[PAST EVENT] 12th Annual Lemon Project Spring Symposium Panel 2: Identity, Transformation, Reclamation

March 25, 2022
1:30pm - 2:45pm
School of Education, In person at Dogwood Room and Virtual over Zoom
301 Monticello Ave
Williamsburg, VA 23185Map this location
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  • Open to the public
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12th Annual Lemon Project Spring Symposium Panel 2: Identity, Transformation, Reclamation

To join us in person, register here.

To join us virtually, register here.

Benji de la Piedra, (he, him) Director of Herbert Denton Biography Project; Adjunct Professor of Oral History, University of District of Columbia; University of Arkansas at Little Rock, If Black Lives Matter, Then So Must Negro Memories

The dedication to Ralph Ellison’s novel Juneteenth reads, “To that Vanished Tribe Into Which I Was Born: The American Negroes.” This dedication induced an epiphany on my frame of reference as a student and scholar of African American experience. Not long before, I had made my first trip to Little Rock, Arkansas, conducting oral histories with Black elders about the childhood of Herbert Denton Jr, the Washington Post’s first Black city editor. This fieldwork allowed me to recognize the ironic overtones of Ellison’s dedication: while “Negro” had “vanished” from contemporary discourse, the cultural heritage and value-system encapsulated in that name had not. I had just spent the summer getting to know it. So I was not surprised several years later when I realized that Denton was the last Post reporter to continue using the word “Negro” in his copy. Like Ellison and also Albert Murray, Denton was not ashamed of identifying as a Negro. All three of these Afro-American intellectuals shared an anxiety about the potential death of living Negro memory, which deserves our attention. With their help, I will reflect on the longstanding Black American tradition of embodying “Negro” as an affirmative cultural identity, and the potential for cultural loss and historical amnesia that is implied in the term's wholesale rejection.

Eric S. King, (he/him) Community Member, The Archetypal Drama of Transformation in the Lives of Black Gay Men
This paper is a preliminary use of The Theory of the Archetypal Drama of Transformation, to interpret three novels by E. Lynn Harris: Invisible Life, Just as I am, and Abide with Me and to explore what these works teach us about a core drama of four ultimate or overarching ways of life that shape the structure, dynamics, values and stories within which some Black Gay/Queer men live their lives. First is emanation (living in a cultural container in which beliefs, values, norms and practices are considered sacred, endowed with mystery and therefore unquestionable). Second is incoherence (a way of life experienced as continually shattering and fragmented and offering no hope for solutions); there is also deformation (an exit from the core drama of life in which the completion for fragments --- and the attachment to a single fragment--- leads to destructive death), and transformation, a way of life in which one is free to question and act again in order to achieve fundamentally new and better relationships).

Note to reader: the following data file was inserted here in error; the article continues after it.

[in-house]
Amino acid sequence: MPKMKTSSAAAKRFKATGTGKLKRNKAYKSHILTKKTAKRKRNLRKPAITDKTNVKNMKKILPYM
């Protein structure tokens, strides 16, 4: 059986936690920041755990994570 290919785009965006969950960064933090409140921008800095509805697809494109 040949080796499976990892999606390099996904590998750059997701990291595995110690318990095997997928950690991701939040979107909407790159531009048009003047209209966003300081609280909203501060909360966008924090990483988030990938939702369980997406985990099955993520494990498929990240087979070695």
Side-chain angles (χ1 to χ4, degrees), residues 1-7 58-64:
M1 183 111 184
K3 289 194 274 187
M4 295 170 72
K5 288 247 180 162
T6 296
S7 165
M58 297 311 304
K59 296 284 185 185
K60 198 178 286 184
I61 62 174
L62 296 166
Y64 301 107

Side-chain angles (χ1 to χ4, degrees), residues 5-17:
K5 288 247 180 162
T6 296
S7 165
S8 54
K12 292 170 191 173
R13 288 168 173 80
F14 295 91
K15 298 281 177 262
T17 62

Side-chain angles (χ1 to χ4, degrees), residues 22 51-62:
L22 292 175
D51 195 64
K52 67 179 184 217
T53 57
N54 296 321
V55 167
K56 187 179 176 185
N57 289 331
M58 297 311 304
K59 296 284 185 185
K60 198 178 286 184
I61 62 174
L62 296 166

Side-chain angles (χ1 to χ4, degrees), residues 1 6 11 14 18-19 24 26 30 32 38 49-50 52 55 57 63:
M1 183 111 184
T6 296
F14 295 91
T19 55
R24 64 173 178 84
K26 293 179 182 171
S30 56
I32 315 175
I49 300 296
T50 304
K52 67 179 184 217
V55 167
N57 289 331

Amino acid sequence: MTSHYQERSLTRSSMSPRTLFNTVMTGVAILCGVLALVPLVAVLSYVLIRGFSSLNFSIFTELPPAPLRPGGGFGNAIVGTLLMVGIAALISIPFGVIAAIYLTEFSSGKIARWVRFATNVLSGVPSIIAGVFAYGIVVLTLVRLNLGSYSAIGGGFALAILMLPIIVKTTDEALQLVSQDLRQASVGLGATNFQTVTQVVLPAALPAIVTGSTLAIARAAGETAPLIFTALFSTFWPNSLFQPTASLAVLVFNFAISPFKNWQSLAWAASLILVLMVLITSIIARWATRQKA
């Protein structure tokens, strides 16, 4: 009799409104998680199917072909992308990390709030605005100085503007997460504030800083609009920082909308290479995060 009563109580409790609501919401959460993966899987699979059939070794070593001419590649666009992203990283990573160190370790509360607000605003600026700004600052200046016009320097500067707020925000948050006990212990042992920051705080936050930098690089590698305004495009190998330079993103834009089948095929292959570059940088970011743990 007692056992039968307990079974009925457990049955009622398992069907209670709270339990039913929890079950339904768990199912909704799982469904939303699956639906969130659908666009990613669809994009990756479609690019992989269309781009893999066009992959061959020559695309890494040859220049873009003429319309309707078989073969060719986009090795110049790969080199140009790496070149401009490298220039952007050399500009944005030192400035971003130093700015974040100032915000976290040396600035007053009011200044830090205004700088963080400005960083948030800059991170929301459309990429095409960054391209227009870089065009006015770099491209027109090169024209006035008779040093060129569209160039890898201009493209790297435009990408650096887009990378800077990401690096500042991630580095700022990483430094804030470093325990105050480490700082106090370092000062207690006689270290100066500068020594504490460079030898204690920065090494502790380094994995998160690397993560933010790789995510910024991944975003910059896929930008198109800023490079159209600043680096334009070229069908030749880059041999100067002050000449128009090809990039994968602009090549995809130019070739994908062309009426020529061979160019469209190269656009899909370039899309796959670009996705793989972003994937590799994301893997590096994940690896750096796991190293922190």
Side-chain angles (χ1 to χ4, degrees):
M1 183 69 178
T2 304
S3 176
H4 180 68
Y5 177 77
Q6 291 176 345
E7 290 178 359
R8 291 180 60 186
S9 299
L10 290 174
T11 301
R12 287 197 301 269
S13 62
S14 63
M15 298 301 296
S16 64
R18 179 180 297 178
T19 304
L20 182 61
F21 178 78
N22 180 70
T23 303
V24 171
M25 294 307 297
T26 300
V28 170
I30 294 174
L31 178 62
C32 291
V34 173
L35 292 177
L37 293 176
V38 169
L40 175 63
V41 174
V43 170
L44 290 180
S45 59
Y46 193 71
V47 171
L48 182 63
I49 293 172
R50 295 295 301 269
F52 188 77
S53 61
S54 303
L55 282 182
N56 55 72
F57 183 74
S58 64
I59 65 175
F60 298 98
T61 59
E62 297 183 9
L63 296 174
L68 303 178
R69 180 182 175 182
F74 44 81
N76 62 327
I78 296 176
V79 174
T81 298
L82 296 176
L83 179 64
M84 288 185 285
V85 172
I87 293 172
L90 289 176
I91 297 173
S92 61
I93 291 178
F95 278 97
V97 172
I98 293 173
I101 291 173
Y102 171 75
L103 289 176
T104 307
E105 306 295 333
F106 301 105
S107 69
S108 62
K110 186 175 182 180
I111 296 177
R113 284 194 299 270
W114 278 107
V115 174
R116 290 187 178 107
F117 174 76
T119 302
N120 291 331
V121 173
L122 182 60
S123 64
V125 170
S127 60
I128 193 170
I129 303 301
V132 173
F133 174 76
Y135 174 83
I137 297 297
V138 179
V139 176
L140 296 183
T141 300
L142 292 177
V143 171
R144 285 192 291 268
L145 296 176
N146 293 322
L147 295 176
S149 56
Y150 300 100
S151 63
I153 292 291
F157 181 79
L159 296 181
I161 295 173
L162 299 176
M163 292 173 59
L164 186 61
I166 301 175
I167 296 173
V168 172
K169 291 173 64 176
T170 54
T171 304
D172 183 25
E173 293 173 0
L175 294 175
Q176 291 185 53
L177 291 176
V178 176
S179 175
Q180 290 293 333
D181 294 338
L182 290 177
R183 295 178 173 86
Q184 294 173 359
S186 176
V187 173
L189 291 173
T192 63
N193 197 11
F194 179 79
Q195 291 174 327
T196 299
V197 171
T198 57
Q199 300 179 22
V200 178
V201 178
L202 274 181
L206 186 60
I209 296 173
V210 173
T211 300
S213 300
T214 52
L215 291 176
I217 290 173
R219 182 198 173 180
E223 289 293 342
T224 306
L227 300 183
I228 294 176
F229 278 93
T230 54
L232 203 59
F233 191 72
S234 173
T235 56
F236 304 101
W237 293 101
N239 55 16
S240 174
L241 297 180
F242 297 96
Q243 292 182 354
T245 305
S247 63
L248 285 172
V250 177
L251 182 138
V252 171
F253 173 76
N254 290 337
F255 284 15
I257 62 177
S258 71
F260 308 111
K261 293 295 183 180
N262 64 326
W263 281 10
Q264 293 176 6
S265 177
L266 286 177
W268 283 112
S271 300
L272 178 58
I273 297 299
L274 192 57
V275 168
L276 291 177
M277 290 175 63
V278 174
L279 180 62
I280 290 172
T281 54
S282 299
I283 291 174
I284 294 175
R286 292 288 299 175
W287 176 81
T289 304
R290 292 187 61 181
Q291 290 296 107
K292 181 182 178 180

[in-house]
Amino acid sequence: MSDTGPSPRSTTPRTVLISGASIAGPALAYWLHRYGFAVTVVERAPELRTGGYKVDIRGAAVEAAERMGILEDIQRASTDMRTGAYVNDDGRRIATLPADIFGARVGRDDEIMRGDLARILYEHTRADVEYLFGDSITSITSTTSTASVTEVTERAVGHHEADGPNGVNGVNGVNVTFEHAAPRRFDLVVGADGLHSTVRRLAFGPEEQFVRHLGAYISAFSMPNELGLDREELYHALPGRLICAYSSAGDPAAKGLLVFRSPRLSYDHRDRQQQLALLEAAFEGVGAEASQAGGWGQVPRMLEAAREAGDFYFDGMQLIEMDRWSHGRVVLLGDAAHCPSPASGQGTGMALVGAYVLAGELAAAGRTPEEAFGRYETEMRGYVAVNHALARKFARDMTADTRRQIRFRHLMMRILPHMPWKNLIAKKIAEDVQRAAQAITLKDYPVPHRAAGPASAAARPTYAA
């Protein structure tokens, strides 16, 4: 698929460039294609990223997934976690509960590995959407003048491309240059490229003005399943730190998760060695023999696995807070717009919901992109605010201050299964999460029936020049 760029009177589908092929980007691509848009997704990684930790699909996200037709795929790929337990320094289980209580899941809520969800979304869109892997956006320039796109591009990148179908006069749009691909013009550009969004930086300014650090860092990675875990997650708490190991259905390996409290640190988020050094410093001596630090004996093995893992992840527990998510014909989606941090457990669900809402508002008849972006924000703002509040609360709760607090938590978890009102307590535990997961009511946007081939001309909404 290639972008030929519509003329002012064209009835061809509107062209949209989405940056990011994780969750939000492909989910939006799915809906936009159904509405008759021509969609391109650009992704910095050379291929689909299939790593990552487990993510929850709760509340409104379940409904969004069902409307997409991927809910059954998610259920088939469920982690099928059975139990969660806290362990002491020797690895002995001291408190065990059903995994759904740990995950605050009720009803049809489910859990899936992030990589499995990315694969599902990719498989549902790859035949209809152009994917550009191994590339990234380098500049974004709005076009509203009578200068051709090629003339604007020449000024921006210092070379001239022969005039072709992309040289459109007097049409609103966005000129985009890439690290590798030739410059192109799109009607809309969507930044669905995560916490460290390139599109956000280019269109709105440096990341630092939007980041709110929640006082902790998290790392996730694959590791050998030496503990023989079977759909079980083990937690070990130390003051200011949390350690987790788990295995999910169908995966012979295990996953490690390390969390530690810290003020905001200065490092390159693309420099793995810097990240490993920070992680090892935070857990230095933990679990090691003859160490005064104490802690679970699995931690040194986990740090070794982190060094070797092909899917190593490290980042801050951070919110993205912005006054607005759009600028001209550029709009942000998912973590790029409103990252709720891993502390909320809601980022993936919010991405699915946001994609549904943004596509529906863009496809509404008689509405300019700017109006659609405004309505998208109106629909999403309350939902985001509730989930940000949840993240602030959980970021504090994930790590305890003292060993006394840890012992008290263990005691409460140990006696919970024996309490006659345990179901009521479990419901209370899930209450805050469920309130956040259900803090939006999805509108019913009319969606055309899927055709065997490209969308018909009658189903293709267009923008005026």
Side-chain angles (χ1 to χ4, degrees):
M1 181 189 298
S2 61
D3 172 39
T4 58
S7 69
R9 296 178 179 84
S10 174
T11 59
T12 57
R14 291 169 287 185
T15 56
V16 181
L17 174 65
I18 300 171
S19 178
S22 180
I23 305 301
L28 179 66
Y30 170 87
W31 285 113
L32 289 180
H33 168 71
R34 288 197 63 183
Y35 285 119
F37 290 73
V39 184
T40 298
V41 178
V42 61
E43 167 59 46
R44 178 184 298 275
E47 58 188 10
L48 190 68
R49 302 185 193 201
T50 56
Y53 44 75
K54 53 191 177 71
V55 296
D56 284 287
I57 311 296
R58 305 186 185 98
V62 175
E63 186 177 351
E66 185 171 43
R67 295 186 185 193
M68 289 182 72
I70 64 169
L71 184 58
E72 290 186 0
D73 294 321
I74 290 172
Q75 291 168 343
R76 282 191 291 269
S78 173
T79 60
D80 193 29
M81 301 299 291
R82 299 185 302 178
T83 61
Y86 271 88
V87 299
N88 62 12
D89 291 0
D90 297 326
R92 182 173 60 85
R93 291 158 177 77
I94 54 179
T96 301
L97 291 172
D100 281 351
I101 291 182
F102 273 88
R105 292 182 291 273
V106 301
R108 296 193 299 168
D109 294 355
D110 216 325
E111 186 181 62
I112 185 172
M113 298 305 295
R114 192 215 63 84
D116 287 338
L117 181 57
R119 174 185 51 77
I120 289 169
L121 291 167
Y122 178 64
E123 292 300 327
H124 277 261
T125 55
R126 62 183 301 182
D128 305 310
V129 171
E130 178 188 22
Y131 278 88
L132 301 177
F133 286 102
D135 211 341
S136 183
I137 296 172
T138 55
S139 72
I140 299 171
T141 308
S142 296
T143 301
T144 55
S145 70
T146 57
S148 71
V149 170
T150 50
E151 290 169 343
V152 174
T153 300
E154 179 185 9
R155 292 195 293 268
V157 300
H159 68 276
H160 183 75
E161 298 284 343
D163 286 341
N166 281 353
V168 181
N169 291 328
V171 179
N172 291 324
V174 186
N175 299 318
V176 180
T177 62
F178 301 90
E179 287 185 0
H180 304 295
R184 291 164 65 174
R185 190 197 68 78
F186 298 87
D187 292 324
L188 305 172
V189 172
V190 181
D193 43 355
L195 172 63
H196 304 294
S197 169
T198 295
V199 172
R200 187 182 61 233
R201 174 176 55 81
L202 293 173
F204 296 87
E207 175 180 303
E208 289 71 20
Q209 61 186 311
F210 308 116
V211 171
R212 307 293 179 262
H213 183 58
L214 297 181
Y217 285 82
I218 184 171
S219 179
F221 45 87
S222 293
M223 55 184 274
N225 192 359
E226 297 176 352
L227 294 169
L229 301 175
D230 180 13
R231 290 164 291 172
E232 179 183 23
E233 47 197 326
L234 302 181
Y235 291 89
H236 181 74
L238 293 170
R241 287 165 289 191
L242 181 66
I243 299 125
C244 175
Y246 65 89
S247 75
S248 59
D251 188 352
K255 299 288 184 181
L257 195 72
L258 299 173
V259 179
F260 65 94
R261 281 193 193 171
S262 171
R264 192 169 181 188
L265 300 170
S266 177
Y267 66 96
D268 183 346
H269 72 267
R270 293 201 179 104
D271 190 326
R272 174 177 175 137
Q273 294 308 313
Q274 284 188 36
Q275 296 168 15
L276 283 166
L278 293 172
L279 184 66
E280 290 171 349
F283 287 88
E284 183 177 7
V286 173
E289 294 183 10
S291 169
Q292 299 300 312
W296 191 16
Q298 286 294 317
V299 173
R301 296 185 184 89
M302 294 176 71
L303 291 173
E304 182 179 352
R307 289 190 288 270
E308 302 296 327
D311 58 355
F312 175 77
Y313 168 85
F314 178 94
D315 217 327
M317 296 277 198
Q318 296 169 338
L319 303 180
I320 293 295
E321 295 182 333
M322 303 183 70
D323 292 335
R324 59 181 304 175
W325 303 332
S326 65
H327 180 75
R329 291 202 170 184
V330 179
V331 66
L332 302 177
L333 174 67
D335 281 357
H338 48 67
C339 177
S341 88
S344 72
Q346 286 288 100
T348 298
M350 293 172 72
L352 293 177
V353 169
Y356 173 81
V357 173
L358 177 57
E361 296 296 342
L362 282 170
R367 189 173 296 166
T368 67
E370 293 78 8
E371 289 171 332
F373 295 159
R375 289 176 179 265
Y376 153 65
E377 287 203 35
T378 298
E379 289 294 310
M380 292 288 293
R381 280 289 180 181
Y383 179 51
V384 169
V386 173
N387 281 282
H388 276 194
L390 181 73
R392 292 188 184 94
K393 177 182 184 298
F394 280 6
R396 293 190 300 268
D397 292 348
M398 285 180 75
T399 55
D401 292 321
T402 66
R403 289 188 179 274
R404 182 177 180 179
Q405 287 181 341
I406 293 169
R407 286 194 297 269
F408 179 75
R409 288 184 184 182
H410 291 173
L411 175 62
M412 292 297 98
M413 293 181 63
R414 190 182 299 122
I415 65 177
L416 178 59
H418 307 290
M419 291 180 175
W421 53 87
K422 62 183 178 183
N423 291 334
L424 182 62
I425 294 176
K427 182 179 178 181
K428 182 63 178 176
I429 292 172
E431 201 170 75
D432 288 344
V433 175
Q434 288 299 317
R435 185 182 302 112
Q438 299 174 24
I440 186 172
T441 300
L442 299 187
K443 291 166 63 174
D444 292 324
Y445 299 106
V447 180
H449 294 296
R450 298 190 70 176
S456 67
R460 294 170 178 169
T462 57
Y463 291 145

Dr. Kyle R. Fox, (He, Him) Faculty, The College of Coastal Georgia, Reaping the Harvest: Black Quare Embodiment in the Rural South
For centuries, enslaved African Americans were the labor force behind the economic engine that is U.S. Agribusiness. From the rice and indigo plantations of the Carolinas, to the tobacco plantations of Virginia, and the cotton and sugarcane plantations of the deep south, Black bodies toiled and labored under the grueling system of American chattel slavery. Post-emancipation and into the turn of the twentieth century, many Blacks continued to work the land, some as landowners, but most as tenant farmers and sharecroppers. During the early twentieth century, the growth rate of Black owned farms outpaced that of their white counterparts. In 1920, there were approximately 926,000 black farmers. This growth was not sustainable. Contemporarily, there are roughly 33,000 Black farmers accounting for 1.4% of the aging U.S. farmer population. Despite this statistic, there is a generation of young Black gay male farmers emerging. Whereas most research focuses on the decline of the Black farmer, this case study explores the experiences of this unexamined group. Employing Performance and Quare theory, this research fills a void in multiple disciplines in an effort to cultivate a more representative image of the contemporary Black farmer.

David Nnanna C. Ikpo, Lawyer, Storyteller, & Graduate Student, University of Pretoria, Decolonising queer legal advocacy through indigenous storytelling
In this presentation, I intend to share how I have employed indigenous storytelling as a Nigerian gay lawyer, novelist and researcher in my work on promoting queer inclusive international human rights law and advancing queer inclusive attitudes in family and across Nigerian universities. I will be addressing two particular instances of my debut novel Fimisile Forever (shortlisted for the LAMBDA prize for Best Gay Fiction) and my doctoral thesis titled, ‘A place for indigenous storytelling in Nigerian queer rights advocacy’. In 2014, Nigeria was a frightening place for queer persons because of the recently passed homophobic law, the Nigerian Same-Sex Marriage Prohibition Act (SSMPA) 2014. The SSMPA was iconic for me as a young gay man in Nigeria because it came with a multiplicity of stories. It was in the dawn of this excitement that I began to write my debut novel Fimisile Forever. I was angry, afraid, and deeply in need of a queer sensitive local hero that could give me answers, speak to my parents, my community on my behalf. My presentation will be guided by the theme of the lives of black gay men and also media representation of Black men.


[[setho2, Sarah Thomas]]